Three hundred and thirty-four oil spill exposure-related cases have been reported to the Louisiana Department of Health (DHH) since April 18, 2010, according to its ninth surveillance report released today. Two hundred and fifty of those cases involved workers on oil rigs or workers involved in the oil spill clean-up efforts, while 84 were reported by the general public.
The Department is gathering data reported through its surveillance network of doctors, clinics, emergency care locations and medical facilities, which are reporting illnesses and injuries related to the oil spill for inclusion in its database. Each exposure-related complaint is followed up on by LDH Office of Public Health staff.
This week's report also includes updated summaries of air surveillance data generated by state and federal agencies, including the EPA, the Center for Toxicology and Environmental Health, a private company working with BP and the Louisiana Department of Environmental Quality.
Breakdown of Cases by Category:
Of the workers who reported illnesses, 221 were male, 29 were female. Of the general public, 32 were male, while 52 were female. Most of the individuals who reported illnesses were between the ages of 18 and 64.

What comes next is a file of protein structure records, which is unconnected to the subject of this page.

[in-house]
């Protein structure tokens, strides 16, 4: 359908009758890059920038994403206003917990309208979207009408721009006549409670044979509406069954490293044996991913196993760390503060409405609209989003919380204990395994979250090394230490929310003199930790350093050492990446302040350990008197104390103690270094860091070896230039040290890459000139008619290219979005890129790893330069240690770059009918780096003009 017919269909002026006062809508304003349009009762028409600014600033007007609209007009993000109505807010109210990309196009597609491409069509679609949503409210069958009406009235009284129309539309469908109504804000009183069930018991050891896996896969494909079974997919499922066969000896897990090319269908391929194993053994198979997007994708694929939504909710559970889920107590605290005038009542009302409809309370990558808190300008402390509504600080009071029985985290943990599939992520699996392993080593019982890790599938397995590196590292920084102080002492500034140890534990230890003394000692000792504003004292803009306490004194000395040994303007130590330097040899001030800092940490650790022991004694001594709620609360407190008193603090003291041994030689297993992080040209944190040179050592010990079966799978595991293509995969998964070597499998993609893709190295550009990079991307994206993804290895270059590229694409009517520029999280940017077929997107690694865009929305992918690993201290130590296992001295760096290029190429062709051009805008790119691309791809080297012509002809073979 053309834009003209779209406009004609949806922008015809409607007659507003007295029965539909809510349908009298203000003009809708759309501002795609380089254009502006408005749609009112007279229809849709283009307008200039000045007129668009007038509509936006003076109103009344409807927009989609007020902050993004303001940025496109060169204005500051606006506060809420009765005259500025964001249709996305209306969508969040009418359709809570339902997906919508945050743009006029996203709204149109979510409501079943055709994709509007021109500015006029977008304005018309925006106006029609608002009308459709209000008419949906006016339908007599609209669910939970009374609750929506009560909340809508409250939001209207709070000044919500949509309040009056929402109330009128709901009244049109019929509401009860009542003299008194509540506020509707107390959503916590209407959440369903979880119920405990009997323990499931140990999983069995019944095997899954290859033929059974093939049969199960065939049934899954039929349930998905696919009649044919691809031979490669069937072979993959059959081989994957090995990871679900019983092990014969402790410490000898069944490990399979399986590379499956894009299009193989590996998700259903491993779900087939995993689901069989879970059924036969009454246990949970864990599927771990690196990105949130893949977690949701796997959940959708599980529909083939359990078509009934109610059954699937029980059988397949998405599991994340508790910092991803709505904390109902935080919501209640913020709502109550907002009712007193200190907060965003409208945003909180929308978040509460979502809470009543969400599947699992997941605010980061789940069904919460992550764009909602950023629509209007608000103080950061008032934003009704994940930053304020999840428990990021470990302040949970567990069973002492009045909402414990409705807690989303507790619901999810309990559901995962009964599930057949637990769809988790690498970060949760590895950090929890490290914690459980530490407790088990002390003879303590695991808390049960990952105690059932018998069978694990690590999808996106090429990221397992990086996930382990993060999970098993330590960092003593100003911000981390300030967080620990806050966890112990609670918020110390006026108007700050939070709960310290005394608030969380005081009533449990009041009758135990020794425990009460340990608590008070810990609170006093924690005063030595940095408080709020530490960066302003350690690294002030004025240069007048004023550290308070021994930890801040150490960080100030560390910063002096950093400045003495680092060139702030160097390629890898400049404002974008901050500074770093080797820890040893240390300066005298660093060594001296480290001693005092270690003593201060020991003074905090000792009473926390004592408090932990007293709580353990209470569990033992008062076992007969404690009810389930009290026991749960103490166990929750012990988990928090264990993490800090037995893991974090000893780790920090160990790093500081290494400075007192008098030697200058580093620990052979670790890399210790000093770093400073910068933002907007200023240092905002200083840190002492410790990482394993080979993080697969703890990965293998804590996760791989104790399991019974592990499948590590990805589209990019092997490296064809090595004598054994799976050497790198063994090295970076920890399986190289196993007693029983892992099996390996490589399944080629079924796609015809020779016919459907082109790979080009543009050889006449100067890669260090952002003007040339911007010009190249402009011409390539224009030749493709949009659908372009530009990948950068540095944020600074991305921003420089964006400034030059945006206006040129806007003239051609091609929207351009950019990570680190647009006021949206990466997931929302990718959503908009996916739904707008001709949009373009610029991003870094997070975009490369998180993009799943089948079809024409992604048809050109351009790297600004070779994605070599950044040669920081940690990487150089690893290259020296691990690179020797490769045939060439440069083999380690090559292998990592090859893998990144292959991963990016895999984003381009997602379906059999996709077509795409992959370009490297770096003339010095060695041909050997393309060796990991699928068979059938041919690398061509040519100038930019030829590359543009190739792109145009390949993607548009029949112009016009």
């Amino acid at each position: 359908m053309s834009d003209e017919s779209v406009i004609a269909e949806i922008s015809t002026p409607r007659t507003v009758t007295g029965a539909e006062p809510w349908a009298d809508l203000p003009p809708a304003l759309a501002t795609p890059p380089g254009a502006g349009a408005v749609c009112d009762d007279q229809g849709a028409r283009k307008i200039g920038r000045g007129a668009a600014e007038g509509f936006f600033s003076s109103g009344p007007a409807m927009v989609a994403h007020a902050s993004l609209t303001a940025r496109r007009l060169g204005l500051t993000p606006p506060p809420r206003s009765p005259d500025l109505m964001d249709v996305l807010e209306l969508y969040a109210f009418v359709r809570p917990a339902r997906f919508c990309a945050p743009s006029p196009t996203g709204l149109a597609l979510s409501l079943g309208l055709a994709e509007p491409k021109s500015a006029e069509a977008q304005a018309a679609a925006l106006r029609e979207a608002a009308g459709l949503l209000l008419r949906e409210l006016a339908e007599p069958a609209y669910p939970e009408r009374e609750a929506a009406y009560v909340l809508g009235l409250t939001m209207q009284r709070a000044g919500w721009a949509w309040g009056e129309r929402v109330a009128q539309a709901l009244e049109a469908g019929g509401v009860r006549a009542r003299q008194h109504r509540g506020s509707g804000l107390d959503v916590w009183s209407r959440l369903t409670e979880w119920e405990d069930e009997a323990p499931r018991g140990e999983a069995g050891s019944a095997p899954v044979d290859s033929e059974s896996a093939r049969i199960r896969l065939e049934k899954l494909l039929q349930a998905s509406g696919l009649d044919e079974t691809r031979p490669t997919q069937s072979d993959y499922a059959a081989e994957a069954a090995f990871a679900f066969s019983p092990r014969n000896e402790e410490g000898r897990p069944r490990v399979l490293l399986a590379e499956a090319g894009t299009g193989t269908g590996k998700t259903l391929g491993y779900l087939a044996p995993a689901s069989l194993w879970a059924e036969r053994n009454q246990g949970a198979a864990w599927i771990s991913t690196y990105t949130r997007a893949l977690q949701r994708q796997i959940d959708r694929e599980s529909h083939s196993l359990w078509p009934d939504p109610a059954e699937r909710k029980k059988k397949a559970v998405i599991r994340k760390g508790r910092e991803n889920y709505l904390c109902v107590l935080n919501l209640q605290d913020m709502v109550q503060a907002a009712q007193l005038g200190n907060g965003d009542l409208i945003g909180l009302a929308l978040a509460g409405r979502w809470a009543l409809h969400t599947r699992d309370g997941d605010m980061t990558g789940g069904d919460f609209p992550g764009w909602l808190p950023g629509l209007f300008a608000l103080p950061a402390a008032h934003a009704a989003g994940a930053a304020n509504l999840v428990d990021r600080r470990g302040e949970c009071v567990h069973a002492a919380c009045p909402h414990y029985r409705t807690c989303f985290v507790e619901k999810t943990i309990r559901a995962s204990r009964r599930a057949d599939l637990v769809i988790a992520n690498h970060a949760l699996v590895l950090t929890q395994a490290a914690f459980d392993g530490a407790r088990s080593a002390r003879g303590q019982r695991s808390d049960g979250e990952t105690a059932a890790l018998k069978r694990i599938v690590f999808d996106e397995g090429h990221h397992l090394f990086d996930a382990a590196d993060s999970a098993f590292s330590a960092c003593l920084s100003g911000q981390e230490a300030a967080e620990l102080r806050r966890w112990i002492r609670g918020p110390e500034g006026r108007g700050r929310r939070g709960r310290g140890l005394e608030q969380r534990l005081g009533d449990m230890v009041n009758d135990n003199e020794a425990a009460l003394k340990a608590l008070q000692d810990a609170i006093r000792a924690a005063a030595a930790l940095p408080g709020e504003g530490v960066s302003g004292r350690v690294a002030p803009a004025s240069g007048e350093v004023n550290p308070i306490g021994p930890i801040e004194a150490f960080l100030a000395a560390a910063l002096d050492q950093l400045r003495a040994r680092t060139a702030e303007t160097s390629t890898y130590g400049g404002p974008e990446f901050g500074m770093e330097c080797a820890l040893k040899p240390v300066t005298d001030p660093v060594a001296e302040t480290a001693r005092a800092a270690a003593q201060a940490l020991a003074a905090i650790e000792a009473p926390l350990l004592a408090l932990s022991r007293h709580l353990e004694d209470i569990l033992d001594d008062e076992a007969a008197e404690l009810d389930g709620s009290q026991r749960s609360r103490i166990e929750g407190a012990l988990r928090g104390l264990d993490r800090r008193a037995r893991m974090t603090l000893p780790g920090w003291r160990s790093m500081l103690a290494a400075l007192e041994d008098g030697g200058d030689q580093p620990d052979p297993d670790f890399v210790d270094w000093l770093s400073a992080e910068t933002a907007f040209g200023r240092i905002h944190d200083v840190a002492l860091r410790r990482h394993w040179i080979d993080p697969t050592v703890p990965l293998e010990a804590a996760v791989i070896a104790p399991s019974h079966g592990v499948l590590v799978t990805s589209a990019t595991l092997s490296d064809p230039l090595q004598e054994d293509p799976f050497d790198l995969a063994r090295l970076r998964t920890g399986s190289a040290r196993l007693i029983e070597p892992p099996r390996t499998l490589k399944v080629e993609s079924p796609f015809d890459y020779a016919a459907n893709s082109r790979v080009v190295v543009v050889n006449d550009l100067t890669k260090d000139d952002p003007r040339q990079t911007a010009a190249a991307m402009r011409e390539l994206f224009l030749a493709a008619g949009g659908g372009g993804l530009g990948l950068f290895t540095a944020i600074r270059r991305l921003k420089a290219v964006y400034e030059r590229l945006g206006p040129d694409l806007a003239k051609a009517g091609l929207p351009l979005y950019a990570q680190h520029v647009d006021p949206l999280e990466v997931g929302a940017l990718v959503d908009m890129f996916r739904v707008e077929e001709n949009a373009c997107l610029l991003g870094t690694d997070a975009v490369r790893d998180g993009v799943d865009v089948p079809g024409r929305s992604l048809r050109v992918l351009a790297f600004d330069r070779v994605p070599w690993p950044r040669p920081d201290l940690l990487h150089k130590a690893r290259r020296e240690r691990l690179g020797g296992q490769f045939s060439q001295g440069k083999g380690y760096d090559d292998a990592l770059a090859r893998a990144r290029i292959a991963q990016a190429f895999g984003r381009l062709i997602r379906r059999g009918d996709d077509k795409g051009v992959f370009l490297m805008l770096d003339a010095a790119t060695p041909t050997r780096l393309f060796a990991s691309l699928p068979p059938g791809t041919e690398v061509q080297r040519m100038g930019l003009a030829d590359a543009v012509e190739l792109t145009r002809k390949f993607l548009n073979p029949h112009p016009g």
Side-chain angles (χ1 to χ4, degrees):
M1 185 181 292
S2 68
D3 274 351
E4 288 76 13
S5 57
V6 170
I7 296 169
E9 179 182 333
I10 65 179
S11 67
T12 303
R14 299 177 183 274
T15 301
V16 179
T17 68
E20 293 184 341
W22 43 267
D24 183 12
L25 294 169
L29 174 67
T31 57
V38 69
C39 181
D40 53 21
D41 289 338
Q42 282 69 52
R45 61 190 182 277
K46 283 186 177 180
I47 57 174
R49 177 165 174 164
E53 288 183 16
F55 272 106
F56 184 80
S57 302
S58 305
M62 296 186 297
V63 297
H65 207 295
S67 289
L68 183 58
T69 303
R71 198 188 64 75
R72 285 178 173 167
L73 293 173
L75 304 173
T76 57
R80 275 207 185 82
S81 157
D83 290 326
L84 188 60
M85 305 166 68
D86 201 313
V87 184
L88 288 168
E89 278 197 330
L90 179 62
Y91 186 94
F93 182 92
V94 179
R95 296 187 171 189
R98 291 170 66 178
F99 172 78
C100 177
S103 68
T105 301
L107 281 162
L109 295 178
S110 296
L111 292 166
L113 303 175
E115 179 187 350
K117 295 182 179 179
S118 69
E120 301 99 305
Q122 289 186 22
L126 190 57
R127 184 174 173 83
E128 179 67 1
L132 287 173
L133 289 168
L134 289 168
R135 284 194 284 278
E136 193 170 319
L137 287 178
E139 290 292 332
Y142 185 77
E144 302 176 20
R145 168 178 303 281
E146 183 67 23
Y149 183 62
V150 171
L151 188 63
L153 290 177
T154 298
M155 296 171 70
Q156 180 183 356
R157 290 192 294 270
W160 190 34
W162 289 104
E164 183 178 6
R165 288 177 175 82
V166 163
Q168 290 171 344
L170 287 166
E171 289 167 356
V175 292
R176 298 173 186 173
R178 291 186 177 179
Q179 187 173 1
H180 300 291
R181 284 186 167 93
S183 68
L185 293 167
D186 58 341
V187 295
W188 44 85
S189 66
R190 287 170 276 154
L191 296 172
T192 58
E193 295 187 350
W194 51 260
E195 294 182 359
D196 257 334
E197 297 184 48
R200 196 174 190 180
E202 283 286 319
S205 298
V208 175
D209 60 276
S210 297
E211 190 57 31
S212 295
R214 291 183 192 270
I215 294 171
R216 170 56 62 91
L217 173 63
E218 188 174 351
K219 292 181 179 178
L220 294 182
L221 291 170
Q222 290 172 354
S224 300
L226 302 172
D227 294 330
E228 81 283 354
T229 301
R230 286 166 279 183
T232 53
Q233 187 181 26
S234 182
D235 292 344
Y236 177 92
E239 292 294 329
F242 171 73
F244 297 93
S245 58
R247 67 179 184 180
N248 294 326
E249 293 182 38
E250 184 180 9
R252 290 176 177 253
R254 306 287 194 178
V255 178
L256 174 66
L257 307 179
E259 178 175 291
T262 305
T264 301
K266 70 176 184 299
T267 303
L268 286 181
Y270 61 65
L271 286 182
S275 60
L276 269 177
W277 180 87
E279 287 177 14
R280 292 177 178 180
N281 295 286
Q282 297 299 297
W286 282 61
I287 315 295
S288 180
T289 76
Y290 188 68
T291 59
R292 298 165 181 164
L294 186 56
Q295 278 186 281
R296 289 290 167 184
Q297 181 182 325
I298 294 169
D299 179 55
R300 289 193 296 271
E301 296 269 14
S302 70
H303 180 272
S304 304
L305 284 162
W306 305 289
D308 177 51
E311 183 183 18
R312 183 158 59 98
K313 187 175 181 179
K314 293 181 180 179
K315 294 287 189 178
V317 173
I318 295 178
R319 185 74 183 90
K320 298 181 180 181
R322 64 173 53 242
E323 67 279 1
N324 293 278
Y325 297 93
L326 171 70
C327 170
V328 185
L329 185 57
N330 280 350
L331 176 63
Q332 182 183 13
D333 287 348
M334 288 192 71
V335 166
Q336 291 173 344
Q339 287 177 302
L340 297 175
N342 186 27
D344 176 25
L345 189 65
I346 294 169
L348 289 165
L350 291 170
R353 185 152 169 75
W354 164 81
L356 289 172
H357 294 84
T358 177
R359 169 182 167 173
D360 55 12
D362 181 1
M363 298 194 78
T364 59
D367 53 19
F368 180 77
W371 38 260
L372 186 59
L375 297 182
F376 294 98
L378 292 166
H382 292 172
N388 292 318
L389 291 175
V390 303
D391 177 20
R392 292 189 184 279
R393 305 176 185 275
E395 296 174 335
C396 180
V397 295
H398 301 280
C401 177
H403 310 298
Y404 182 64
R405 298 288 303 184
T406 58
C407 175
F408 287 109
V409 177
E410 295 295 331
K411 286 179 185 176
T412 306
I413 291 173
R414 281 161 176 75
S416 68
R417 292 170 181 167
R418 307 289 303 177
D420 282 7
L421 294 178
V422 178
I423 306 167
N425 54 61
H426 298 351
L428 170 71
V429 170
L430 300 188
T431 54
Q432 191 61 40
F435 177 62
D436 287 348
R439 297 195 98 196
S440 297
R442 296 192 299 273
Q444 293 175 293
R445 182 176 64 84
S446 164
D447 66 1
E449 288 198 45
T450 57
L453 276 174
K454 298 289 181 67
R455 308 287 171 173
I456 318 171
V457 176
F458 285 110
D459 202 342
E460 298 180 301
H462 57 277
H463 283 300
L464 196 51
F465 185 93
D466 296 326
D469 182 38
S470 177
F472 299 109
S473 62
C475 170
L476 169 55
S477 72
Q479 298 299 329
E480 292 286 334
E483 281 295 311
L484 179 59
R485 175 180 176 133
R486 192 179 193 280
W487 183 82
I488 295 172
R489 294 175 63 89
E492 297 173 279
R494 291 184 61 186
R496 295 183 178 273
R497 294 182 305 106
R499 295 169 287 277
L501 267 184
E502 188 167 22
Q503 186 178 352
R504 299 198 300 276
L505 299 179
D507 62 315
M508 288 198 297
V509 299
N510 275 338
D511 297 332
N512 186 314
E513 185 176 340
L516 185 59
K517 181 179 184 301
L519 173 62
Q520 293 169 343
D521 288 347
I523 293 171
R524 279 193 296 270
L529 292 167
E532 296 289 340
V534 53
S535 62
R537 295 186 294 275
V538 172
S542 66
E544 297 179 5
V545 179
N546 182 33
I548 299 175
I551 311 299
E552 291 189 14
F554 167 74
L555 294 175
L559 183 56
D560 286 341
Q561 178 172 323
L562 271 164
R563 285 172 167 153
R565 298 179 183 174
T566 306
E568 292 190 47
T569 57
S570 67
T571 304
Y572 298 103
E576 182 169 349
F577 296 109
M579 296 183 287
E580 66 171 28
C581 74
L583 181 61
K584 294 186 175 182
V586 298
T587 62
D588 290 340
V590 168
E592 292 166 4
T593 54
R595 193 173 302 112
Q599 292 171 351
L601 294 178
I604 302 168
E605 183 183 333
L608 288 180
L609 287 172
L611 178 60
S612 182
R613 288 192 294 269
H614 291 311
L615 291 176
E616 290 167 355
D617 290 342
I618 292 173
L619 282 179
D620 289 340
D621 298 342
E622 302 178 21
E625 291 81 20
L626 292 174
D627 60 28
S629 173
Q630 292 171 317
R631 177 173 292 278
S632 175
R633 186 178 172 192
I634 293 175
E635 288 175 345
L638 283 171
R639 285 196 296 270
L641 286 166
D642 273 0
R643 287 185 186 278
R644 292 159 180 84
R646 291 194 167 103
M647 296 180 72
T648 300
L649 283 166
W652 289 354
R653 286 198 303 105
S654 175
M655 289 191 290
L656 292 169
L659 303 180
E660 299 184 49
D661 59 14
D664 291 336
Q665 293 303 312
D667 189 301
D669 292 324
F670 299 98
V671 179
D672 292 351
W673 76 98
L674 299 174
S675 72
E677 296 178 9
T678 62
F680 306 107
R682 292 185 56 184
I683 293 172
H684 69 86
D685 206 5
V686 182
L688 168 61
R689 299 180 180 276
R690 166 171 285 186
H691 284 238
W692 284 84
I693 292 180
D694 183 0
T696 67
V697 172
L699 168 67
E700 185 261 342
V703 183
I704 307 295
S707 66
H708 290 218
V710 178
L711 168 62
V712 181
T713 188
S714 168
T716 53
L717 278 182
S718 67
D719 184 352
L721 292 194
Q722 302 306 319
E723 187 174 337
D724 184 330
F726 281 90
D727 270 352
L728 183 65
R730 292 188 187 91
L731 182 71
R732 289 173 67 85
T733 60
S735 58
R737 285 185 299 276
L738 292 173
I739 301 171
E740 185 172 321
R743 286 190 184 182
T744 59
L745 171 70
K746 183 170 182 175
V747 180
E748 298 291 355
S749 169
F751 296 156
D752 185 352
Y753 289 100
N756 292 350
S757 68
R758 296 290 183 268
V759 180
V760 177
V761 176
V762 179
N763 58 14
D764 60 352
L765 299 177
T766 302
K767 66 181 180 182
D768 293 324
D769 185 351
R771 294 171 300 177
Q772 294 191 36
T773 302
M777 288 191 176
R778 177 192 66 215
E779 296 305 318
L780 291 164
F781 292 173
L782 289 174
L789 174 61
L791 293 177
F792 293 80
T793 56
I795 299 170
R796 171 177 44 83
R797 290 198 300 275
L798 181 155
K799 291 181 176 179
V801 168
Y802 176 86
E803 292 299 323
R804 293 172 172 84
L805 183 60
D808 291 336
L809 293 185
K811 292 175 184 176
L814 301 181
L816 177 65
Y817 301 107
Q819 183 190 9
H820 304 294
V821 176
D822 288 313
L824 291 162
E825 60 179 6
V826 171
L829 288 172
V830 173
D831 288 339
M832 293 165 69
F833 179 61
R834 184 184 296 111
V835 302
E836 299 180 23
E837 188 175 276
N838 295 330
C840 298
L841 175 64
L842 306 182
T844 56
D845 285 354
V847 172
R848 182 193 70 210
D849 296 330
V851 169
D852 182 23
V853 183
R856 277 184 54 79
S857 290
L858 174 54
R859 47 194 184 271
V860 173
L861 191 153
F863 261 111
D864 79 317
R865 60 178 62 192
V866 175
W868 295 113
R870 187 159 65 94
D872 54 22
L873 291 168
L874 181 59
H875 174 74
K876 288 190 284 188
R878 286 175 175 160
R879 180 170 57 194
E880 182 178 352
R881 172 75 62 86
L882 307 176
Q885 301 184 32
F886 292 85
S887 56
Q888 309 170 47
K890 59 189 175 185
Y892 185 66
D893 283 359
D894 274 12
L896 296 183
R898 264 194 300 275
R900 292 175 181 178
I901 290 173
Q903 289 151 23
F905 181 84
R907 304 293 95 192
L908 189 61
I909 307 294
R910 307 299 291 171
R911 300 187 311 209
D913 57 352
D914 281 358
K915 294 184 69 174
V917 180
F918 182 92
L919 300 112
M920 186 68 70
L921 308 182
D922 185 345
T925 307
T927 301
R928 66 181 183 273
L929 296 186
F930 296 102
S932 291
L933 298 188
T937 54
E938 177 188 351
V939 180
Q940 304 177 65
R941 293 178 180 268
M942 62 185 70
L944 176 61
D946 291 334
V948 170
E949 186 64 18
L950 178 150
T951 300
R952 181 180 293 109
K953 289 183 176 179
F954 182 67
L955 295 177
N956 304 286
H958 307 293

Most workers and members of the general public either utilized an emergency room, hospital, an urgent care center, clinic or physician's office. Ninety-three individuals called the Louisiana Poison Center's hotline. Seventeen individuals with mild symptoms had short hospitalizations.
Questions about exposure-related illnesses can be directed to the Louisiana Poison Center: 1-800-222-1222. The Poison Center is staffed 24 hours a day and can provide medical management advice. To report an exposure-related illness, call 1-888-293-7020.
The full Oil Spill Surveillance Report is available here. The report is generated on a weekly basis by LDH and posted at LDH Website.
For more information related to Louisiana's response to the oil spill, visit http://www.emergency.louisiana.gov. Connect with us on www.facebook.com/GOHSEP and on Twitter as @GOHSEP. View photos from the state's response efforts at http://www.flickr.com/photos/lagohsep.